That means we’re now expected to reside in a space between the routine existential dread that comes with age, and practically having the change ready in our pockets to pay the Ferryman’s Toll. Never mind that spy balloons were already a thing, and already up there, and that some of them may be measuring for readings as mundane as barometric pressure, we’re being made to care by the same organizations we learn and unlearn to trust within the span of each election cycle.

They could be aliens, or armed!

That matters, surely, but perhaps less than we’re being asked to imagine. And in a myriad of complicated ways…

Without trying to sound too much like Andrew Tate, to become conscious of some of the Problems With The Present Discourse is to break the machine entirely.

While pundits and algorithms are busy with matters of frivolity and “fat trans Satanists” (to borrow from a now-beloved Tim Dillon rant), it’s all but a certainty that the United States intelligence apparatus were the ones behind the sabotaging of the Nordstream pipeline, thousands are still missing after the earthquake in Turkey and Syria, and the air and the rivers appear to have grown toxic in East Palestine, Ohio.

Not a single one of these stories presently graces the front page of the Toronto Star, yet each feels just as worthy of that coveted Current Thing status.

There’s a point at 7,000 RPMs where everything fades. The machine becomes weightless. It disappears. All that’s left, a body moving through space, and time.

Ford v. Ferrari (2019)

We were never meant to consume information quite like this. That point where “everything fades,” to borrow from Hollywood’s interpretation of Ken Miles — and for the purposes of this extended metaphor on engine wear — involves all but locking away your frontal lobe, and then swallowing the key.

But in order for the real things to still feel like they matter, it’s important to know when to keep it in third or fourth gear.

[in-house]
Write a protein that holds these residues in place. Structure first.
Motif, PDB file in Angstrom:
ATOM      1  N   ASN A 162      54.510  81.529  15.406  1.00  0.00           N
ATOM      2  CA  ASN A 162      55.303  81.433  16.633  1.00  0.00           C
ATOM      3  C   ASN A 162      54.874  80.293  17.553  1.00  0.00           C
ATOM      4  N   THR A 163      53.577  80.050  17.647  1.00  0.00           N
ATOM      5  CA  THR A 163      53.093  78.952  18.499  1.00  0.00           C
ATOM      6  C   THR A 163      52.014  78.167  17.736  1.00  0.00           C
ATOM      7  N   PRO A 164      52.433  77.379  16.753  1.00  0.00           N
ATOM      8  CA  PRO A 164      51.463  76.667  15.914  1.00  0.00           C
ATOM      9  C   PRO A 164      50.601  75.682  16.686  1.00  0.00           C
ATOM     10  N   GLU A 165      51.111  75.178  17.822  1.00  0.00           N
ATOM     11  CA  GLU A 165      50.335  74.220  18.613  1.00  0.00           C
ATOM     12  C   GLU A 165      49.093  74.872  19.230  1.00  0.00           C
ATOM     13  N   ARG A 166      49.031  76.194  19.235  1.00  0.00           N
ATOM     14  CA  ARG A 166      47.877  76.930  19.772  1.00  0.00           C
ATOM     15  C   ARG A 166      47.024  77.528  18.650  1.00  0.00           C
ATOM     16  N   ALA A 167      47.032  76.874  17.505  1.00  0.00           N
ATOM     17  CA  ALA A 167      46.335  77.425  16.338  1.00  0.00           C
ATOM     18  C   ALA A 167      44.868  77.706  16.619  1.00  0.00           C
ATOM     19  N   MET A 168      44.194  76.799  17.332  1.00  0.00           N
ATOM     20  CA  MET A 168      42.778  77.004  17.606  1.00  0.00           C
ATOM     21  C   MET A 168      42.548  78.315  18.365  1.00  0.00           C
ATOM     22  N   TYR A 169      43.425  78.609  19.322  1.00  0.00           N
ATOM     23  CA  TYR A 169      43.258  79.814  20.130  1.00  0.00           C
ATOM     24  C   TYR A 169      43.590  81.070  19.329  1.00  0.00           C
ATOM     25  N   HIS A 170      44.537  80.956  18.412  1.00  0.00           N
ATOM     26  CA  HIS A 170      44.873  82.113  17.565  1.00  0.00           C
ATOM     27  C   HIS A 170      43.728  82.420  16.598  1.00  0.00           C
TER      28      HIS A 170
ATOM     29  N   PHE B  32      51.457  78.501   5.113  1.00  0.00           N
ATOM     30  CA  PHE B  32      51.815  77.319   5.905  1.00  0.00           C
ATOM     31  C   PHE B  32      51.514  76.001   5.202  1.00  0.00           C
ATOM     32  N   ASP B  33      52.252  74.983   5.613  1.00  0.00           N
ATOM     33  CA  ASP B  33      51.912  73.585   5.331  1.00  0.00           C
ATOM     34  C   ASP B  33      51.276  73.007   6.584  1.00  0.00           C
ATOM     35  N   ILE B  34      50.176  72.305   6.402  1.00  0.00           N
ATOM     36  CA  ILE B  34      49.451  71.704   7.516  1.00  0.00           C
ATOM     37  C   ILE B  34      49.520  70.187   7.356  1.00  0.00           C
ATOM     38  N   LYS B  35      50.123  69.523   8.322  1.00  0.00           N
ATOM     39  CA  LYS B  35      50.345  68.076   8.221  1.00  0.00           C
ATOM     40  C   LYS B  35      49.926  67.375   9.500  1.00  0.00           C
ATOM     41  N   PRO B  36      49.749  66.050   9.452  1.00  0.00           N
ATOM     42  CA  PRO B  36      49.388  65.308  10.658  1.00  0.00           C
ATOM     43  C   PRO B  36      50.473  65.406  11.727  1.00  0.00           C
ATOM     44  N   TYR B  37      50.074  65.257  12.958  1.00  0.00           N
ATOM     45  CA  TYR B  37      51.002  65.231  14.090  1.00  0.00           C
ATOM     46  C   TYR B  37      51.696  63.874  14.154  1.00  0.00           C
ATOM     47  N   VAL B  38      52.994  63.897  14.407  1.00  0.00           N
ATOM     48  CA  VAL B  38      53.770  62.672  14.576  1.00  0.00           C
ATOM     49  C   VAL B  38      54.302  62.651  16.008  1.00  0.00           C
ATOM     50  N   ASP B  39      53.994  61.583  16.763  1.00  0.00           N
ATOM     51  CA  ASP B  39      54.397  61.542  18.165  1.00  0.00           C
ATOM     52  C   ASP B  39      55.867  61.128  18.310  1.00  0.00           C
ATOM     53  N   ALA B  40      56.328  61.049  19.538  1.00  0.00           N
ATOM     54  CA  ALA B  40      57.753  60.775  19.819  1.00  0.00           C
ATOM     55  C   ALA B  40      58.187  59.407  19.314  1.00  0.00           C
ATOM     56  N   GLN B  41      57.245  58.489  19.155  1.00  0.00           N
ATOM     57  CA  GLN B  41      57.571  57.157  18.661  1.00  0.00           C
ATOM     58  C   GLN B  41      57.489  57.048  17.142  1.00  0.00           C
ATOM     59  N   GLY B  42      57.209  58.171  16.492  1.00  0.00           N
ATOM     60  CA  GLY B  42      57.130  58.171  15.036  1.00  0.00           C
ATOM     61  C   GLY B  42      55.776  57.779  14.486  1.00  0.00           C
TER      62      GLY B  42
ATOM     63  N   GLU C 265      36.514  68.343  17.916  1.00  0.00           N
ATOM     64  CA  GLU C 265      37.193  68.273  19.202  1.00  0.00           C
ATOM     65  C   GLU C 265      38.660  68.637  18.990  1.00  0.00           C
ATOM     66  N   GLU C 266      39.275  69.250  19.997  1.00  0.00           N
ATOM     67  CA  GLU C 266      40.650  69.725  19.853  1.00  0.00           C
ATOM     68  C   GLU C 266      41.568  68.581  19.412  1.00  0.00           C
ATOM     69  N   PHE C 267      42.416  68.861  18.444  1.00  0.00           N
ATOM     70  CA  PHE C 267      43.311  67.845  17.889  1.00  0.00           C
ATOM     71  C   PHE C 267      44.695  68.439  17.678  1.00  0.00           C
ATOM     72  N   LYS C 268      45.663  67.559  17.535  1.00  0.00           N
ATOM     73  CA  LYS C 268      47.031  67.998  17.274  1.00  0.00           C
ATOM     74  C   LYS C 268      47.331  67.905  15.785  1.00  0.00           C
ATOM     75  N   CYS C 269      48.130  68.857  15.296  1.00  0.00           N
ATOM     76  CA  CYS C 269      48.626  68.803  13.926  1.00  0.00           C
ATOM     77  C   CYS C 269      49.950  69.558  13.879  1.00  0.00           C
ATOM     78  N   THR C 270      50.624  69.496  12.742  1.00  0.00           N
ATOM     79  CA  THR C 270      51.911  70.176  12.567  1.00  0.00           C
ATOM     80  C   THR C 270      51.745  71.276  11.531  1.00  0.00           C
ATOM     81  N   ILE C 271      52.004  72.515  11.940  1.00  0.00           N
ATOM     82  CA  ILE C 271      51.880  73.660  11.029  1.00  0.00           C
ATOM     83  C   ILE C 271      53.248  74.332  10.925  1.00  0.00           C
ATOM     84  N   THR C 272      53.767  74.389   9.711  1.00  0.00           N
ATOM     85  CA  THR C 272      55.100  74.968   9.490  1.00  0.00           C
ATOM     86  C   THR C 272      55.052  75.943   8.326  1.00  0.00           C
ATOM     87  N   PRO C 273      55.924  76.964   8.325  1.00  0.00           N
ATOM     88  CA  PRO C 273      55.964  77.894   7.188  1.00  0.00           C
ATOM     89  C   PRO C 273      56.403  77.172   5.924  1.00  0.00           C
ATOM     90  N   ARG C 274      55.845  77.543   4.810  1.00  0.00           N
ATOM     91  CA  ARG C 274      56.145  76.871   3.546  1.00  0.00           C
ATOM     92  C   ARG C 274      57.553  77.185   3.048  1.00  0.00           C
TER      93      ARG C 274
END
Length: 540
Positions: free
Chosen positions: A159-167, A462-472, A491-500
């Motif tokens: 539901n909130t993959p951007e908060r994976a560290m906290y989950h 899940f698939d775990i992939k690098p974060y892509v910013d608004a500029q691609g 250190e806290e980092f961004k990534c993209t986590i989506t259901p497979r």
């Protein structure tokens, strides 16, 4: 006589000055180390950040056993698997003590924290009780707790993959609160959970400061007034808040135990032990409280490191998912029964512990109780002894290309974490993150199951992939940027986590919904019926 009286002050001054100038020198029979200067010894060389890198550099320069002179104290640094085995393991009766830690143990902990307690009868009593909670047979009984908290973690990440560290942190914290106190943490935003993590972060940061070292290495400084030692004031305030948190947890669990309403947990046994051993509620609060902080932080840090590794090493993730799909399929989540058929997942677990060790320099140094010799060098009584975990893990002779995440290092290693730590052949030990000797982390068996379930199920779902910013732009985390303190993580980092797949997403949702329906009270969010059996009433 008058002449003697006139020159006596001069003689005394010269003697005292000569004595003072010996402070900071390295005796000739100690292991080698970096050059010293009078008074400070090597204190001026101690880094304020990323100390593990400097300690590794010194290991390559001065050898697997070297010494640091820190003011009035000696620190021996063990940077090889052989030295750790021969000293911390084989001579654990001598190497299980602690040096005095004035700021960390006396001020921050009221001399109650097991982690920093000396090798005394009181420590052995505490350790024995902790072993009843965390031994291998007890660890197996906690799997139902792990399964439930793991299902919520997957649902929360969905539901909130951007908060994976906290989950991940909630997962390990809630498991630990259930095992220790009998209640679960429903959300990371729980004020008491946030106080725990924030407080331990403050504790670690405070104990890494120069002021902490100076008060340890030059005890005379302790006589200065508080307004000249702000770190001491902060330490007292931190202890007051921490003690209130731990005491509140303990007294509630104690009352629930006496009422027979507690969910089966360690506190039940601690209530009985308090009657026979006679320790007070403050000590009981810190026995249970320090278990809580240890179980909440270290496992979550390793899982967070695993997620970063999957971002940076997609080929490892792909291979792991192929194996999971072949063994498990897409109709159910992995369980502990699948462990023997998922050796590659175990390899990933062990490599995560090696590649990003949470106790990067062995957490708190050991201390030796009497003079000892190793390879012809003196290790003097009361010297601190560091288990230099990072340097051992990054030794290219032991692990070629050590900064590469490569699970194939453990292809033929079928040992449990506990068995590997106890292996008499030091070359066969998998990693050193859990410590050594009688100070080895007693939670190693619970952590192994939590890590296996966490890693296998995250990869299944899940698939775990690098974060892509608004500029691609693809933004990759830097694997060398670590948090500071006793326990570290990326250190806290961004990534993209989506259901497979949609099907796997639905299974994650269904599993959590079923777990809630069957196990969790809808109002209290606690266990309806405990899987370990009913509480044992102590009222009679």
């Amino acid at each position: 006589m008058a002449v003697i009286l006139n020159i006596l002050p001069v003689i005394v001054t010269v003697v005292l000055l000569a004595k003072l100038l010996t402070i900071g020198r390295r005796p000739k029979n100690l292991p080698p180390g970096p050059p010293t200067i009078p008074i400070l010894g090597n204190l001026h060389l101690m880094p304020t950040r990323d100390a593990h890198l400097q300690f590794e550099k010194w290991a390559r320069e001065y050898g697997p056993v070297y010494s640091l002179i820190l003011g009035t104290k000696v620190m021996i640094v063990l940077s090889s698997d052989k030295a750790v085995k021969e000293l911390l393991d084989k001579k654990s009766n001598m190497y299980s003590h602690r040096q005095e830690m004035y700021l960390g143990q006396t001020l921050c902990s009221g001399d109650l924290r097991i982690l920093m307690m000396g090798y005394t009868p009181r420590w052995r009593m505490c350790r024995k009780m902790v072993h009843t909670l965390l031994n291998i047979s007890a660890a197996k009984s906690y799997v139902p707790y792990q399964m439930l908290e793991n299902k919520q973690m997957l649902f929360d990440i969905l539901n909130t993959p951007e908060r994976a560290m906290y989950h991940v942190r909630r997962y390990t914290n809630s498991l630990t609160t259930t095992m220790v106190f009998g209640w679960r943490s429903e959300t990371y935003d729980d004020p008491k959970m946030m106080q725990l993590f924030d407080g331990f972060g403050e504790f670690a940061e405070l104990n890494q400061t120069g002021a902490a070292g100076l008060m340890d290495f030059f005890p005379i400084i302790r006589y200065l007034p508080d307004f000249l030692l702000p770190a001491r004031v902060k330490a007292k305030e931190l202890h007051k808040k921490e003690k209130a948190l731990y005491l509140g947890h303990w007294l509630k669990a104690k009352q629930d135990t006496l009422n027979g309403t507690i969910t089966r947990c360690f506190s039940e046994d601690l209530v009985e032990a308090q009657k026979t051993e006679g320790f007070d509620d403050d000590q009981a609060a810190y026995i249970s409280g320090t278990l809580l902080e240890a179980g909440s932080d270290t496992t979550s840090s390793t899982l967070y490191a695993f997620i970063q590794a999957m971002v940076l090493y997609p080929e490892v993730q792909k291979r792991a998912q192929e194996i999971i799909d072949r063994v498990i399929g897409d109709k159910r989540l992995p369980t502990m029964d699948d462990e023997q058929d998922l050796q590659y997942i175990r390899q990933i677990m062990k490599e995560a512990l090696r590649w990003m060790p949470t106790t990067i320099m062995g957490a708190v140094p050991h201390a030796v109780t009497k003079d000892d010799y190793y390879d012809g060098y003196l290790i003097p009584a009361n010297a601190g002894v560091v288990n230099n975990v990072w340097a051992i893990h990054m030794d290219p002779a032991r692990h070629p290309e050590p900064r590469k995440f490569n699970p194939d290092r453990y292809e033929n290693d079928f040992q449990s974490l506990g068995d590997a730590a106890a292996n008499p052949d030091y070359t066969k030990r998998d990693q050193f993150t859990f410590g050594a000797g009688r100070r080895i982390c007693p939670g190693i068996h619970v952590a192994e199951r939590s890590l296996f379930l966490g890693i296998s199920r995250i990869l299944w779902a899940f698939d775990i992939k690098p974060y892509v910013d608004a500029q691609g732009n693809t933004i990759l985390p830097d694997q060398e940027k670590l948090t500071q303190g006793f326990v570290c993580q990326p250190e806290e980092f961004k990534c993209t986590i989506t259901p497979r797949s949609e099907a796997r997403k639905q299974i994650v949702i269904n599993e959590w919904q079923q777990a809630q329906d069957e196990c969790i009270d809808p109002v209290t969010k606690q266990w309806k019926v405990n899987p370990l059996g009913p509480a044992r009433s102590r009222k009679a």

So this is yours truly deciding to opt out of the balloon discourse. And I invite you to come along. Heck, pick your own topic to take a break from, any topic at all.

The mayor of a major Canadian city having a personal indiscretion leaked for public consumption, and for what are likely political reasons? I agree, not as big a deal as, say, that same City Hall presiding over two years of closed businesses, schools, parks, an overabundance of bylaw enforcement, and the weaponization of snitch lines meant to ensnare normal healthy families.

The new bird flu? Tell me about it. Why would we trust the authoritarian anxieties of the same histrionic personalities who were so deeply and immeasurably wrong about all things Covid, lockdowns, and the downstream harms of various mandates?

Seeing Satanic symbols everywhere? Also not for me. If the Sam Smiths of the world are guilty of any impropriety, it’s the crime of lookin’ gross while engaged in displays of narcissism that aren’t all that dissimilar to the replacement-level bilge that fills up our streaming services and discover pages on the daily.

It’s been unseasonably warm and sunny this February in Toronto. Choose to open your phone or laptop, and watch as the storm clouds roll in. I’m going to take my own advice, and continue to enjoy these practically balmy conditions for just a little while longer.

At least until the next Current Thing.

The original version of this post was published on the author’s own site, Acceptable Views, and has been reprinted with permission.